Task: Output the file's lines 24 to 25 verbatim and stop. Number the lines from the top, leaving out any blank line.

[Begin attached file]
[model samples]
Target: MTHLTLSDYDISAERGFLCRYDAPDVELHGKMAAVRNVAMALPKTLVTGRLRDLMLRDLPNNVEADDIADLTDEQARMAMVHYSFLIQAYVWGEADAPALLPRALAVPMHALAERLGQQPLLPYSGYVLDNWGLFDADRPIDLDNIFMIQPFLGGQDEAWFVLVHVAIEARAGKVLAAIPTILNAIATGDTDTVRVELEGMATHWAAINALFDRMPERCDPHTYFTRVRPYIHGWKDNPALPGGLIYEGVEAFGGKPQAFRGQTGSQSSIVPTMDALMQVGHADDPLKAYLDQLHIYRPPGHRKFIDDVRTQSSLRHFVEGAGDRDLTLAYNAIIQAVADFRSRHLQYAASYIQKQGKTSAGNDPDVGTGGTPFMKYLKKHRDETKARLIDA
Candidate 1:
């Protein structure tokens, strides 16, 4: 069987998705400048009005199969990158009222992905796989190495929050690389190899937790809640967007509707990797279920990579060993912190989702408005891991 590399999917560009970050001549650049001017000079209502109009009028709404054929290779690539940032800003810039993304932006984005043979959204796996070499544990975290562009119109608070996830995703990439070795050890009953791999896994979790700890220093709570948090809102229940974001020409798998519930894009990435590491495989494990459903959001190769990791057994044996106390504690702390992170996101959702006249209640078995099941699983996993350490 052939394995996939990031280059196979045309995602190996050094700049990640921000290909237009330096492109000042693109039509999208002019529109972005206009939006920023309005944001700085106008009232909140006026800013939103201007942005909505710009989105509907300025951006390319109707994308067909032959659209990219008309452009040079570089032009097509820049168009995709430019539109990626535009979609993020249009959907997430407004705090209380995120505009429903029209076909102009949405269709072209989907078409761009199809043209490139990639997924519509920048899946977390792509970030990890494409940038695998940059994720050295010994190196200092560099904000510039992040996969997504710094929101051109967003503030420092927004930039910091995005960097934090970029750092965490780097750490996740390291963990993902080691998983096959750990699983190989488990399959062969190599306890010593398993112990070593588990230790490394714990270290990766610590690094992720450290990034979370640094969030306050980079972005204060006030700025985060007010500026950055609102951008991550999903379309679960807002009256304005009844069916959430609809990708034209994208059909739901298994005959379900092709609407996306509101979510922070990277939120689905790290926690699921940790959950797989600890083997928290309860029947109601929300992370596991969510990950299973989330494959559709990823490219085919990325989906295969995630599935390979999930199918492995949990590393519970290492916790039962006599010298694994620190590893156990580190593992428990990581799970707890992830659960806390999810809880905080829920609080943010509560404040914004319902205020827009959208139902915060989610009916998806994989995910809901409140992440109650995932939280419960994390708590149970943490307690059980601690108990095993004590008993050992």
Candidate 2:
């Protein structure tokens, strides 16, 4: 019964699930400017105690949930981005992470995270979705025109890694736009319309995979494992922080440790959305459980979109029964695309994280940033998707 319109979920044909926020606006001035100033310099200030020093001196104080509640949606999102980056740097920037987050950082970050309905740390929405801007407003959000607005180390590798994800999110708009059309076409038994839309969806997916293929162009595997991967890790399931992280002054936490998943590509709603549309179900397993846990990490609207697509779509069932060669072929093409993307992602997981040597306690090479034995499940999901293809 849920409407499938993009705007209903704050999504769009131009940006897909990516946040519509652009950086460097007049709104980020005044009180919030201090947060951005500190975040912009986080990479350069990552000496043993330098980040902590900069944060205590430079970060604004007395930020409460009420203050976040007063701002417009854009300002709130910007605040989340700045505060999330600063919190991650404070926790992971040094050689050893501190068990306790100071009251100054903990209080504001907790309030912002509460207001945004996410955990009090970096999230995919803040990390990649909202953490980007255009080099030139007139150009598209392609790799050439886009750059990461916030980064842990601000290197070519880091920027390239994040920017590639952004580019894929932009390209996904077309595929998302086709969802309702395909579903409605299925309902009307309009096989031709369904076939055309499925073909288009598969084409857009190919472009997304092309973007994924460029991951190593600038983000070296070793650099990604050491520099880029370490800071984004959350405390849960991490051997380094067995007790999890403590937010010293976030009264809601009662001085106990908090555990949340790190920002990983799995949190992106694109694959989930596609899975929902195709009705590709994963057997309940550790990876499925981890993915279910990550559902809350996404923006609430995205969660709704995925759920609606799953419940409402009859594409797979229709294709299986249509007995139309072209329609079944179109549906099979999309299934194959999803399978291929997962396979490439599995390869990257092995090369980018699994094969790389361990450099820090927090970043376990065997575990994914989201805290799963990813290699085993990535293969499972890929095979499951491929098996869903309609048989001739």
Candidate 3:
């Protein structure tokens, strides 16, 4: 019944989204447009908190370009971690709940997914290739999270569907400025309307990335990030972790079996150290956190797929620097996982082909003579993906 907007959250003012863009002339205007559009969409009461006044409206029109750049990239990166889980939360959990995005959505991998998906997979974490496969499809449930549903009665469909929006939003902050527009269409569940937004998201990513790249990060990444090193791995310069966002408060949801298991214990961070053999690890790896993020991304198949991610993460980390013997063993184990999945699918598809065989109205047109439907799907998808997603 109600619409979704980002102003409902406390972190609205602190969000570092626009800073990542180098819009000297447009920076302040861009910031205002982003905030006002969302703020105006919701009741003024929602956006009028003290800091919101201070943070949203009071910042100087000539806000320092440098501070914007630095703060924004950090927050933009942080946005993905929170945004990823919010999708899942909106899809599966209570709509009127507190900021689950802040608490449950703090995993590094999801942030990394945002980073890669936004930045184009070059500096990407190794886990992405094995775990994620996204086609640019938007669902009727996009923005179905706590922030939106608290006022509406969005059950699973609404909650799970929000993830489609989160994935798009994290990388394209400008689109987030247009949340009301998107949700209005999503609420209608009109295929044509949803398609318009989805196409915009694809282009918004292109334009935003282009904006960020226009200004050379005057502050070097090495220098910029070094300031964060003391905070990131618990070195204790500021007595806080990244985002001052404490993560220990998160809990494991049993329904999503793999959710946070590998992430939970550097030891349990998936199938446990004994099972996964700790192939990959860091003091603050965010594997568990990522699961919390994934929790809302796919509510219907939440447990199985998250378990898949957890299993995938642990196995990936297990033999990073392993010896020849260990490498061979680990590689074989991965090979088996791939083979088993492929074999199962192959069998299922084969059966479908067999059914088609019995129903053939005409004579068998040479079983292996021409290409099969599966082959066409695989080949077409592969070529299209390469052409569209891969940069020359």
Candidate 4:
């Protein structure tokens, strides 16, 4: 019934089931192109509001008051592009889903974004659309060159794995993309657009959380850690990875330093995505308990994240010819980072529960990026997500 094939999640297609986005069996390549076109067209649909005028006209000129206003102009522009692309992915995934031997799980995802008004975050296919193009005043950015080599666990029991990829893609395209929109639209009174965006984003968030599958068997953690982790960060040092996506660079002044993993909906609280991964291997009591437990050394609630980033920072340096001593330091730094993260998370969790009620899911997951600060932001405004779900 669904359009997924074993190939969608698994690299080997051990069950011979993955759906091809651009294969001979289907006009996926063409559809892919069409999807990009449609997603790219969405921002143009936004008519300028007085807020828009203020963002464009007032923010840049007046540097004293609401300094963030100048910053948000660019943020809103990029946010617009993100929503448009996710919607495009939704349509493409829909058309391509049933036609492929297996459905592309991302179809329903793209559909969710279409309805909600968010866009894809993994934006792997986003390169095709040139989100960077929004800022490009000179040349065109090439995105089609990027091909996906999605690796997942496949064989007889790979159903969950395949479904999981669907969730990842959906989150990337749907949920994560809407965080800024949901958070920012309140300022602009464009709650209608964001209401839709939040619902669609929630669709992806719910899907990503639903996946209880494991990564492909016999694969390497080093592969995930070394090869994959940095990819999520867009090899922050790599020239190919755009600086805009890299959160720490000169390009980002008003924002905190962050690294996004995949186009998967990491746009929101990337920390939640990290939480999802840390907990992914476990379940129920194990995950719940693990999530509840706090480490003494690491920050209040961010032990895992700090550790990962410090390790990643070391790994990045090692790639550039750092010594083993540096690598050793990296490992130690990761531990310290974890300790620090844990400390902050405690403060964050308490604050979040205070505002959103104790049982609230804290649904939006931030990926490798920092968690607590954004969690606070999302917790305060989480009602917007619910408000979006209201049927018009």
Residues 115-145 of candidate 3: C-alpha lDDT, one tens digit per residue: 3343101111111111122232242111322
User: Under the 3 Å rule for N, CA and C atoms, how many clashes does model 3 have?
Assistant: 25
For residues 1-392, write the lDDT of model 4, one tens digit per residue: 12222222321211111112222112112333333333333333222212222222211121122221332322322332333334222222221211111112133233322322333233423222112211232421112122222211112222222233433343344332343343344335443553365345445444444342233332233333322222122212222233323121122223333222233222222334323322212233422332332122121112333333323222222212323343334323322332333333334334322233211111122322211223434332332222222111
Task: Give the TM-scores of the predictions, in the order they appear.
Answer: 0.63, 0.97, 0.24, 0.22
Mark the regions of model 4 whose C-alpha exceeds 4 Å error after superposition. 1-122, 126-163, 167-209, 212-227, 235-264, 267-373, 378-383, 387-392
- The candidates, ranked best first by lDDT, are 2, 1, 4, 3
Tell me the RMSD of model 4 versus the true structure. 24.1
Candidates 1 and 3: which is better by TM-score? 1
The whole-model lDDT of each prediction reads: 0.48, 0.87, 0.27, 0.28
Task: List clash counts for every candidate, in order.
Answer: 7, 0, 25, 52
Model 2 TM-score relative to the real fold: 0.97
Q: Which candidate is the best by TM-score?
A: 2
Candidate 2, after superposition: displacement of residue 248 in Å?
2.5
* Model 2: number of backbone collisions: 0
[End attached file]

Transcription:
Model 2 TM-score relative to the real fold: 0.97
Q: Which candidate is the best by TM-score?